Clark Larsen Answers Students FAQs

1. Question: What are the traits that are unique to primates and enable them to be well-suited to an arboreal environment?

Response: Primates have a unique suite of characteristics that enable them to be ideally suited to life in the trees. Primates have a very flexible, versatile skeletal structure that allows a wide range of motions and numerous types of locomotion. The primate hands and feet are prehensile with opposable thumbs and big toes that enable them to grasp tree branches. Humans, however, do not have the opposable big toe or prehensile foot due to our bipedalism. The vertebral column of primates has five different types that gives the body greater flexibility in movement. Primates also have enhanced reliance on vision, reflected in the forward-facing eyes, overlapping field of vision, and color vision. Primates have enhanced sense of touch, with nails instead of claws and dermal ridges, which provide grip. Lastly, primates rely less on smell and hearing, reflected in the absent rhinarium and reduced snout length.

See Figure 6.2 Primate Adaptation in Microcosm, part 1

See Figure 6.2 Primate Adaptation in Microcosm, part 2


2. Question: What are the two major classes of primates and what sets the two groups apart?

Response: The two major groups of primates are the prosimians, or lesser primates, and the anthropoids, or higher primates. Prosimians retain a variety of primitive features, such as a rhinarium and an olfactory bulb. In addition, they often retain claws and their fingers are less dexterous than other primates. Prosimians have more specialized diets than other primates and are nocturnal. They also possess some derived features, such as the dental comb. The major primates within the prosimians are the lorises, lemurs, tarsiers, and galagos. Anthropoids possess numerous derived traits, including a larger brain, more sexual dimorphism in body size, fewer teeth, and nails instead of claws. They have also lost the rhinarium and developed color vision, both of which reflect their increased reliance on vision. Anthropoids tend to be more omnivorous and the majority of them are diurnal. Anthropoids include New World monkeys, Old World monkeys, apes, and humans.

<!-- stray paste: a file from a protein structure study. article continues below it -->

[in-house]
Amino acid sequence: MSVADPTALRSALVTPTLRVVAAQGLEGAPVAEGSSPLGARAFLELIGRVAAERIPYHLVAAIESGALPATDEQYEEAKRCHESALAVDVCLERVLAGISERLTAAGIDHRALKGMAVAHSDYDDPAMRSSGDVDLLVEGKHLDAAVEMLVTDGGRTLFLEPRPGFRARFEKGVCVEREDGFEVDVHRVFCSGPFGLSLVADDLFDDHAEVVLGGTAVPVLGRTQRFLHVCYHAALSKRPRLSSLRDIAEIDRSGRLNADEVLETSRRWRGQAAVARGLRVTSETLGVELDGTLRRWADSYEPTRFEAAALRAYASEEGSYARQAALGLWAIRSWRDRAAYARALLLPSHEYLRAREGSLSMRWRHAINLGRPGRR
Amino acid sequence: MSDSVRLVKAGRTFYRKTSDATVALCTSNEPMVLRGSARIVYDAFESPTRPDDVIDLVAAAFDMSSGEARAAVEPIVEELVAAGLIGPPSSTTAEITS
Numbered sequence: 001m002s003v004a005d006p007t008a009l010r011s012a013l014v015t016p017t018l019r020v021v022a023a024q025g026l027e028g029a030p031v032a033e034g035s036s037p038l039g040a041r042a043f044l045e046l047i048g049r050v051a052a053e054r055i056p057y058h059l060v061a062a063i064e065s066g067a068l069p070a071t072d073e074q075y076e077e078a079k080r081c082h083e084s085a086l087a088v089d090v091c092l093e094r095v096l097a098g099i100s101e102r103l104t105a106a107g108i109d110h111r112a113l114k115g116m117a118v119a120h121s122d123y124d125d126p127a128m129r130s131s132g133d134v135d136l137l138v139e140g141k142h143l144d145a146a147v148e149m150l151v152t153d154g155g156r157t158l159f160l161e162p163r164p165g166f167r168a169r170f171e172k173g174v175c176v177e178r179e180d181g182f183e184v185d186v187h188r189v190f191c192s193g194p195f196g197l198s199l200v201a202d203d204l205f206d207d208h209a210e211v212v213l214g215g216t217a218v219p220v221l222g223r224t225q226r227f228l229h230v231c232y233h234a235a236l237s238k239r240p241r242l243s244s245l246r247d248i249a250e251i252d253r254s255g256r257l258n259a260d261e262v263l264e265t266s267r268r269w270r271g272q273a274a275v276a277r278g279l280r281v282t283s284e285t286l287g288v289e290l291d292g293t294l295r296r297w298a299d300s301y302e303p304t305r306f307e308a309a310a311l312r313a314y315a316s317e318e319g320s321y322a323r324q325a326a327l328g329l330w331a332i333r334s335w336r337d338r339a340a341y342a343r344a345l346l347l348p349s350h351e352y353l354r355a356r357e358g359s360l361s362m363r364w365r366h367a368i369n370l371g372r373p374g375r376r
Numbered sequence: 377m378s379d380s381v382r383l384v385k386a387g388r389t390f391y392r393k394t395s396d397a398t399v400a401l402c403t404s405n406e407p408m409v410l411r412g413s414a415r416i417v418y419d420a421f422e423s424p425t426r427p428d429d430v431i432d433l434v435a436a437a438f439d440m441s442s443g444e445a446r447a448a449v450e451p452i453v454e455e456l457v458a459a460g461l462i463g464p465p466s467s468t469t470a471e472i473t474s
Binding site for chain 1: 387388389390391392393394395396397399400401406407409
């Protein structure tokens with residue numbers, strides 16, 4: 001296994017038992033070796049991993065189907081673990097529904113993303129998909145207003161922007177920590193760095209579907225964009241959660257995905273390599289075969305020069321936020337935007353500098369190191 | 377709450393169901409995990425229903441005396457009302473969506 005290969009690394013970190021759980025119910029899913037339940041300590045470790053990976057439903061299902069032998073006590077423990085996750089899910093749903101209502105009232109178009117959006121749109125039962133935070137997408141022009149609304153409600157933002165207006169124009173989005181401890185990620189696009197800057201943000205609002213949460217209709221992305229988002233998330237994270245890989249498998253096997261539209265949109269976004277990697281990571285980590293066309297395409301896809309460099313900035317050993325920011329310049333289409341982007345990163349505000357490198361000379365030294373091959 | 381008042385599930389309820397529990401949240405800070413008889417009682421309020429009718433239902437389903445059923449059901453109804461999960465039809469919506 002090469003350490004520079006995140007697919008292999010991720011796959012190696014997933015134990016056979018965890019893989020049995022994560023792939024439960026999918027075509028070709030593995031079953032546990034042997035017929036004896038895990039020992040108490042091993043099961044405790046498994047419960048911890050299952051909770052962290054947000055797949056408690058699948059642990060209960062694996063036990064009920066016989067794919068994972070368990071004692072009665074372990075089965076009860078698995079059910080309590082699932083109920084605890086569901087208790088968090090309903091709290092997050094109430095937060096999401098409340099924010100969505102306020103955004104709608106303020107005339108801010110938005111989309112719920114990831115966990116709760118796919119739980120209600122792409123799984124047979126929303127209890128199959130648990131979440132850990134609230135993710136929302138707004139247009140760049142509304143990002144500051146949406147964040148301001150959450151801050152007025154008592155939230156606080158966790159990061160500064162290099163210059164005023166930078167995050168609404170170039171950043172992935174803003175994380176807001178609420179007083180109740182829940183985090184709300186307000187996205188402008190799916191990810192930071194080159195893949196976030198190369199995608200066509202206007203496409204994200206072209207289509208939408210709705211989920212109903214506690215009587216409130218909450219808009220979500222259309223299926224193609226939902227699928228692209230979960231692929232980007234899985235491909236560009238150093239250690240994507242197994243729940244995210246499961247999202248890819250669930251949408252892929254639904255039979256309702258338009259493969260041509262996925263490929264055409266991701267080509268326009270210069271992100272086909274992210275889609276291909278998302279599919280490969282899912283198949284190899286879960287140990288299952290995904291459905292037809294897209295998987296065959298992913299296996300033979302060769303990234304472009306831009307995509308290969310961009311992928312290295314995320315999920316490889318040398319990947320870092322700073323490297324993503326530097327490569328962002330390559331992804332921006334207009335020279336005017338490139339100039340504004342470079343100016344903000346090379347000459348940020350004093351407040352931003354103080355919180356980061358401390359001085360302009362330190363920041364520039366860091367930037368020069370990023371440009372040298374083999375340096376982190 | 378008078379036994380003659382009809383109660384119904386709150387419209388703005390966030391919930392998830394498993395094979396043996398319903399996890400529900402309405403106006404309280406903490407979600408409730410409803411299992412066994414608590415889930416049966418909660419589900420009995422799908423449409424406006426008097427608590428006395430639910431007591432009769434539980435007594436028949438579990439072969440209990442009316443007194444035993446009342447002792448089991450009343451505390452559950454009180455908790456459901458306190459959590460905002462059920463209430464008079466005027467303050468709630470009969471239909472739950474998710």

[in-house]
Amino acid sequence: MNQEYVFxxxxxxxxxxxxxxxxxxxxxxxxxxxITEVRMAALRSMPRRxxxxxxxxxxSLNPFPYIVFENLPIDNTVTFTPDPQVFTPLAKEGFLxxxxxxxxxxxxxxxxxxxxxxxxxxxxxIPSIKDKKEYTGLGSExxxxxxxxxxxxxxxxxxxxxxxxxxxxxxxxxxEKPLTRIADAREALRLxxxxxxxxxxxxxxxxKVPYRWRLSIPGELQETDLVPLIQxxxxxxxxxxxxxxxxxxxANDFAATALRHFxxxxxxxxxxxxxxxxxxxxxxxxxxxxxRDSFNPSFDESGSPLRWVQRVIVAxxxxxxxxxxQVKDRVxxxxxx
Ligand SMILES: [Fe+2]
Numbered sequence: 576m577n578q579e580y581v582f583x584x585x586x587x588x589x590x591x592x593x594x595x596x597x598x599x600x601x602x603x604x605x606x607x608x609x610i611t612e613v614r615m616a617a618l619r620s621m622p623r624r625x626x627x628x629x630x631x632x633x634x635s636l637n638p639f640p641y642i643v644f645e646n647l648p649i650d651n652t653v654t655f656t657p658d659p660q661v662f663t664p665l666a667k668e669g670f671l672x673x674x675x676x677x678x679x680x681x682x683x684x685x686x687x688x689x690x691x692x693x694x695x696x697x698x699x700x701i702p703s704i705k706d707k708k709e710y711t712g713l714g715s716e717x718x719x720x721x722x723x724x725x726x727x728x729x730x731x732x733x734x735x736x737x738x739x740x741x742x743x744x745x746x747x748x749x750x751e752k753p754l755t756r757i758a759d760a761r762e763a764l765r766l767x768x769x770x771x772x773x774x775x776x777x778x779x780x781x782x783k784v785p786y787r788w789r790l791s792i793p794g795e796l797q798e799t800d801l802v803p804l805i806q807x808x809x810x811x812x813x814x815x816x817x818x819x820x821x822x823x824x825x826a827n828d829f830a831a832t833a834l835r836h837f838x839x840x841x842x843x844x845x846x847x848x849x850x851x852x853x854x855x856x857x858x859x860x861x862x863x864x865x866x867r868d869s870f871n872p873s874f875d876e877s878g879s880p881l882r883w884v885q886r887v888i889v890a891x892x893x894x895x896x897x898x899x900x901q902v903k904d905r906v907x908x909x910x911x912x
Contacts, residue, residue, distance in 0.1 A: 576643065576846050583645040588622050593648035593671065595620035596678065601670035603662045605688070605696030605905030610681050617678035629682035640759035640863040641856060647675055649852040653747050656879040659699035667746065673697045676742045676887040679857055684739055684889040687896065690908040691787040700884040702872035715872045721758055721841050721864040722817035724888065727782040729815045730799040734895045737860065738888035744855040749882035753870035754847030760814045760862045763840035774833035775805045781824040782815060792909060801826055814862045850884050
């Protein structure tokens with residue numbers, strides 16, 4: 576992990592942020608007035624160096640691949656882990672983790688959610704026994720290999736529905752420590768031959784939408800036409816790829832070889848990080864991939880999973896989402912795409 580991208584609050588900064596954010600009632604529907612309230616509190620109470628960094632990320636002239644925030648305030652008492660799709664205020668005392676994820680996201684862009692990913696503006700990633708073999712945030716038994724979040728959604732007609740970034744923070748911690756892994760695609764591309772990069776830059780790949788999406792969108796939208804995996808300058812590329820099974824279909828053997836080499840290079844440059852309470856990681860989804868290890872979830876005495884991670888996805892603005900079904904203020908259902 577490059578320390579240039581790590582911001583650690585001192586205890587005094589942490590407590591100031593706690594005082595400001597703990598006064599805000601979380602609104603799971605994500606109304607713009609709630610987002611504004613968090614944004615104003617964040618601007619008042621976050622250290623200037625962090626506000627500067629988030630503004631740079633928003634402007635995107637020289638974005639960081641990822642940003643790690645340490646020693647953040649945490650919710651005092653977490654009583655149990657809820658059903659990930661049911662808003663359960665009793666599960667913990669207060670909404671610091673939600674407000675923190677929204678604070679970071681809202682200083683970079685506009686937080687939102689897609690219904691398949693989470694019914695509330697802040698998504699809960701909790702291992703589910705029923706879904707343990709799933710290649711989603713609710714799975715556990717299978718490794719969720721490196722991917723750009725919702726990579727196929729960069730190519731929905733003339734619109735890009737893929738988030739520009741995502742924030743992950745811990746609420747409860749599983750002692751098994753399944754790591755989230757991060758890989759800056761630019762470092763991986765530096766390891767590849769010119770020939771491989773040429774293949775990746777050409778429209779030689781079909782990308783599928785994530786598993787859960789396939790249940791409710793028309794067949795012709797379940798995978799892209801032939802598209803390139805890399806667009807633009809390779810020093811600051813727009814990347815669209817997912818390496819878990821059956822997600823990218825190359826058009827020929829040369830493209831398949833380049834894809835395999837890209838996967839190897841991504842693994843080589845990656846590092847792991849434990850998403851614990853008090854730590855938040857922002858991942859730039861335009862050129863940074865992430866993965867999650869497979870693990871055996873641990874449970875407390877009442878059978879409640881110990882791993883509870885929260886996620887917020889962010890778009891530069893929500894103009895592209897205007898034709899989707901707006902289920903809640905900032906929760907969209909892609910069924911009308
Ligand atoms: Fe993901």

See Figure 6.18 Order Primates, part 1

See Figure 6.18 Order Primates, part 2


3. Question: What are the key factors that determine a female primate’s success in feeding?

Response: Female primate success in feeding is related to the quality, distribution, and availability of food. The quality of food reflects the amount of energy provided and the ease with which the food can be digested. Fruit, for example, is very easy to digest and contains sugar, an energy-rich food. Mature leaves, on the other hand, are hard to digest and provide little energy. The location or distribution of the food reflects the amount of energy the female has to expend to collect food. If food is abundant and found throughout the forest, like leaves, she will have to use very little energy in gathering food. If, however, the food is sparse and widely distributed, like fruit, she will need to use lots of energy to acquire the food. The availability of food reflects seasonality and rainfall. Foods, such as fruit, are only available at certain times of the year, while leaves are typically available year-round. The female must balance these key factors by acquiring as much energy as possible while expending as little energy as possible.


4. Question: How do male and female primates differ in their reproductive strategies?

Response: Males engage in competition for access to females through physical altercations as well as vocalizations and displays. Since females are choosing their mates, sexual selection of male traits occurs. For example, the large body size and large canine size in males is the result of females preferentially mating with males who have larger body size and canines. Males also practice infanticide, which causes the females to resume ovulation, allowing the new male to impregnate her. Females, on the other hand, do not compete for access to males. Instead, they compete for access to food resources for themselves and their offspring. Most typically, females of higher rank have greater access to resources than females of lower rank. This greater access to food often results in more offspring as well.


5. Question: How do platyrrhines and catarrhines differ?

Response: Platyrrhines and catarrhines differ in three main areas: dental formula, prehensile tails, and nasal shape. First, platyrrhines have six upper and six lower premolars, while catarrhines have four upper and four lower premolars. The prehensile tail is only found in platyrrhines; no catarrhine has this feature. While not all platyrrhines have prehensile tails, this feature is only found New World Monkeys. Lastly, platyrrhines have wide, flat noses with a wide septum and outward pointing nostrils. Catarrhines have narrow noses with a narrow septum and downward pointing nostrils.

See Figure 6.22 Platyrrhines vs. Catarrhines